In 1953, Joseph Stalin died. However, the tensions between East and West didn’t decrease under his successor, Nikita Sergeyevich Khrushchev.
Because the fences didn’t prevent the people of East Germany from escaping to the West, the government of the GDR decided in 1961 to build a wall. After this plan became public in June, Khrushchev met U.S. President John F. Kennedy for talks in Vienna. However, the meeting produced no results. In August, the East German government began to systematically seal its borders. It initially did this with barbed wire, which was later replaced by concrete slabs.
The Western Powers were unable to prevent the wall’s construction without risking an armed conflict. However, they continued to give West Germany their support. Kennedy, expressed his solidarity during a speech at the Schöneberg City Hall in Berlin on February 28, 1962 by saying “Ich bin ein Berliner.”
As far as I know — effective immediately, without delay.
Even after the Wall was built, people continued to try to flee from East Germany to the West. Although some of them made it in spectacular escapes, many others were arrested during the attempt or even shot.
Beginning in the 1970s, West Germany changed its policy to the East. Chancellor Willy Brandt took a new approach, called “change through rapprochement,” in which he intended to enter into a dialogue with East Germany and the Soviet Union. This approach also improved relations with East Germany’s ruling Socialist Unity Party (SED), which was headed by Erich Honecker.
Meanwhile, the new Secretary General of the Soviet Communist Party, Mikhail Gorbachev, coined two new principles: glasnost and perestroika, i.e. “openness” and “restructuring” and so initiated a reform process in the political system of the USSR.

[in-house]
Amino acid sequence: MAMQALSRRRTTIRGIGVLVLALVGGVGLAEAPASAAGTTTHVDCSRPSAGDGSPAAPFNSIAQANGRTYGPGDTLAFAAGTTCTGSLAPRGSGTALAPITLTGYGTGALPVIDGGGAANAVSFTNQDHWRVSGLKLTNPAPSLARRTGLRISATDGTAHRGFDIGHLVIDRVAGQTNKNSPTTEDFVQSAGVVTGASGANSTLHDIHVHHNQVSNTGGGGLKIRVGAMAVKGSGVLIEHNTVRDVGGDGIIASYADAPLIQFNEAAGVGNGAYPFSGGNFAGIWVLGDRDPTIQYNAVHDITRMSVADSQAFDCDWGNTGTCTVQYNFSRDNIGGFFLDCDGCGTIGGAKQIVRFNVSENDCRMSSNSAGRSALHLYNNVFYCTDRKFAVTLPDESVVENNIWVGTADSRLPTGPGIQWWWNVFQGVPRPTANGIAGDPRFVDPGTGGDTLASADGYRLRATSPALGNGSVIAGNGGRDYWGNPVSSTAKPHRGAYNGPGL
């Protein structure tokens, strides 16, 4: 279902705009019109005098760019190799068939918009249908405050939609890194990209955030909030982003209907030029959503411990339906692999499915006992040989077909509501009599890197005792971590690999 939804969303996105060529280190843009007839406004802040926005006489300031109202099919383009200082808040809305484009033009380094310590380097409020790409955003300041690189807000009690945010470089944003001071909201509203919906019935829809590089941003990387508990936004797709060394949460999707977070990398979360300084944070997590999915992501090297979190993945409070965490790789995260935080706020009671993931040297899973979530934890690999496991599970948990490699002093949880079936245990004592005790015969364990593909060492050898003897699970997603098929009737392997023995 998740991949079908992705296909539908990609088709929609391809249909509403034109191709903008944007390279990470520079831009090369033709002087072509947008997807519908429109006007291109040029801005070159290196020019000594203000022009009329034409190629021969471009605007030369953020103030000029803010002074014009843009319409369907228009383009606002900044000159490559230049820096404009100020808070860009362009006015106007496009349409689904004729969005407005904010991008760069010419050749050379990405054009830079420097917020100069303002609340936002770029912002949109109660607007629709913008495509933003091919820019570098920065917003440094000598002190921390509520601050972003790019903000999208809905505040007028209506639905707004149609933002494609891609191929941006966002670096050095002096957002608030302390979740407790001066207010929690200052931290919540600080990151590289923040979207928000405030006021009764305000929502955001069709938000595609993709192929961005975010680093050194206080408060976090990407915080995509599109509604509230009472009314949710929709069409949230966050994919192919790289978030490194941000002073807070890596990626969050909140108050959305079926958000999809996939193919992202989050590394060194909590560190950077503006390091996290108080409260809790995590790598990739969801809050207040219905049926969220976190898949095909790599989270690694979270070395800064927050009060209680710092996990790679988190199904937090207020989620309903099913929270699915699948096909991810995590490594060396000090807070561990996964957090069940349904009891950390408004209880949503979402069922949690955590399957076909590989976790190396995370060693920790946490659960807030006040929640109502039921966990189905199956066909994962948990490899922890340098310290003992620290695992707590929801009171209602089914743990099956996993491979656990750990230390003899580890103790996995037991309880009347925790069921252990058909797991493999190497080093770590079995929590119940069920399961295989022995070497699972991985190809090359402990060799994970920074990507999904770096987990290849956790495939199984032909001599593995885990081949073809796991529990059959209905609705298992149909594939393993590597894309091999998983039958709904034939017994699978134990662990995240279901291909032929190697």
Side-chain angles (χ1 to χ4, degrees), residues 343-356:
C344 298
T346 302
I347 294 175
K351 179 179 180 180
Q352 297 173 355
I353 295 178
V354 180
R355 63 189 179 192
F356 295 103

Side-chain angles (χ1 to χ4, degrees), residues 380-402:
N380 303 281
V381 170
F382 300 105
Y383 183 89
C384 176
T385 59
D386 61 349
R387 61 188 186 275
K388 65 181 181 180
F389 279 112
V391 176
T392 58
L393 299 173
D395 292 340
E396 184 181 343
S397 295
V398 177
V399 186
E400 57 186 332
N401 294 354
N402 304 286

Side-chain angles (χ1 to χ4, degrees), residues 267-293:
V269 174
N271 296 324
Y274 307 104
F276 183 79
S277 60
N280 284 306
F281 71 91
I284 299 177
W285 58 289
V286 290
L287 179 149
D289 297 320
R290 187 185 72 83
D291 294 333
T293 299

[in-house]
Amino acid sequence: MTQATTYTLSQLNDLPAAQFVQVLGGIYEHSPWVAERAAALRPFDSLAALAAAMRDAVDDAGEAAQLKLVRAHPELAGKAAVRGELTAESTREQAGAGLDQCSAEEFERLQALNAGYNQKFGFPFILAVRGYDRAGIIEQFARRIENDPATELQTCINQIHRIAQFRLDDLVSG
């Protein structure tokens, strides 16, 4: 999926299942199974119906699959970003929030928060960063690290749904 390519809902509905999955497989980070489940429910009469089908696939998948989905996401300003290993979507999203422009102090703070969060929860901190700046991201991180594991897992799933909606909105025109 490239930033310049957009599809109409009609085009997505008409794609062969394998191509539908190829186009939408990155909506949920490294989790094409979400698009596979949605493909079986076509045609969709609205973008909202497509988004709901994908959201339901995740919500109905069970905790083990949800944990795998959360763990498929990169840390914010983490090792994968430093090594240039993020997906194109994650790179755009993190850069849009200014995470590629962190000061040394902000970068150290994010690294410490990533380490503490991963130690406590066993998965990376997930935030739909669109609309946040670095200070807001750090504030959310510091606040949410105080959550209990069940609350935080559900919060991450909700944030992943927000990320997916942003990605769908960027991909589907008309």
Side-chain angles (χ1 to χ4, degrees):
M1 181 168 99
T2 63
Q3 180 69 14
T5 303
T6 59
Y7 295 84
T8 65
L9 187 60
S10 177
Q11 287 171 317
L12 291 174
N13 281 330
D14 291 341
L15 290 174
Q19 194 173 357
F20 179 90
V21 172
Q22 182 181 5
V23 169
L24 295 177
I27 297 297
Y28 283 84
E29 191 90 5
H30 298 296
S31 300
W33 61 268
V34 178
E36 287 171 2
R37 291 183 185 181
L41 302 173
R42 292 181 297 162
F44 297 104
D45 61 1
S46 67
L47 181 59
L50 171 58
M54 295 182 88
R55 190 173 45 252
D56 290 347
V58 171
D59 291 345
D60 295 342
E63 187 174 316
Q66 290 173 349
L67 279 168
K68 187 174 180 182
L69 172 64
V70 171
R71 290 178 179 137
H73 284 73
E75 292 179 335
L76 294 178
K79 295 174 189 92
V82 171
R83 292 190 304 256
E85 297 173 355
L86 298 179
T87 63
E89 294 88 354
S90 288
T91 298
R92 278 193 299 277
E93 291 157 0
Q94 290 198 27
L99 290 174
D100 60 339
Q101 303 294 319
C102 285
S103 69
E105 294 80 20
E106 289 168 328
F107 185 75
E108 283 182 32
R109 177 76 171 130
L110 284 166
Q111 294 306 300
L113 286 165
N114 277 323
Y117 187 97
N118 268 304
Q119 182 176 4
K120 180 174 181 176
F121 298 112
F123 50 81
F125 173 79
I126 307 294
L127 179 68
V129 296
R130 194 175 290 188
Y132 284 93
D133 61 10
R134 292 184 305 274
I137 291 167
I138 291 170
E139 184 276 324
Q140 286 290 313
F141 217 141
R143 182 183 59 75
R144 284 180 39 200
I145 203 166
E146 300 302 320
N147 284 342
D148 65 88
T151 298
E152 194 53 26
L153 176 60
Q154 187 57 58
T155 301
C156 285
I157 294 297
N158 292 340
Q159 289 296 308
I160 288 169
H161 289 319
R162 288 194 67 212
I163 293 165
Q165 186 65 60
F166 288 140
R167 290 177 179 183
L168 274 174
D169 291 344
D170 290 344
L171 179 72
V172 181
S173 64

Despite this, the East German leadership initially retained its old system of government. However, the economic situation was precarious in the East and the citizens of the GDR were dissatisfied. Beginning on September 4, 1989, crowds gathered every week in Leipzig for the “Monday protests.” The number of participants eventually rose to half a million.
East Germany practically ended on November 9, 1989: During a press conference, SED politburo member Günter Schabowski announced a new law that would allow East German citizens to travel freely wherever they liked. In response to a journalist’s question, an ill-informed Schabowski stated that it was, "As far as I know — effective immediately, without delay."
This caused masses of people to gather at the border and demand that they be able to make use of their apparently newly received right of free travel. The surprised border guards acquiesced and the Berlin Wall was history. For many people, it was only logical that the GDR would now be incorporated into West Germany. Germany was officially reunified on October 3, 1990.
You will find a short summary of how the construction and later the fall of the Berlin Wall came about here in a SimpleShow, an explanatory video.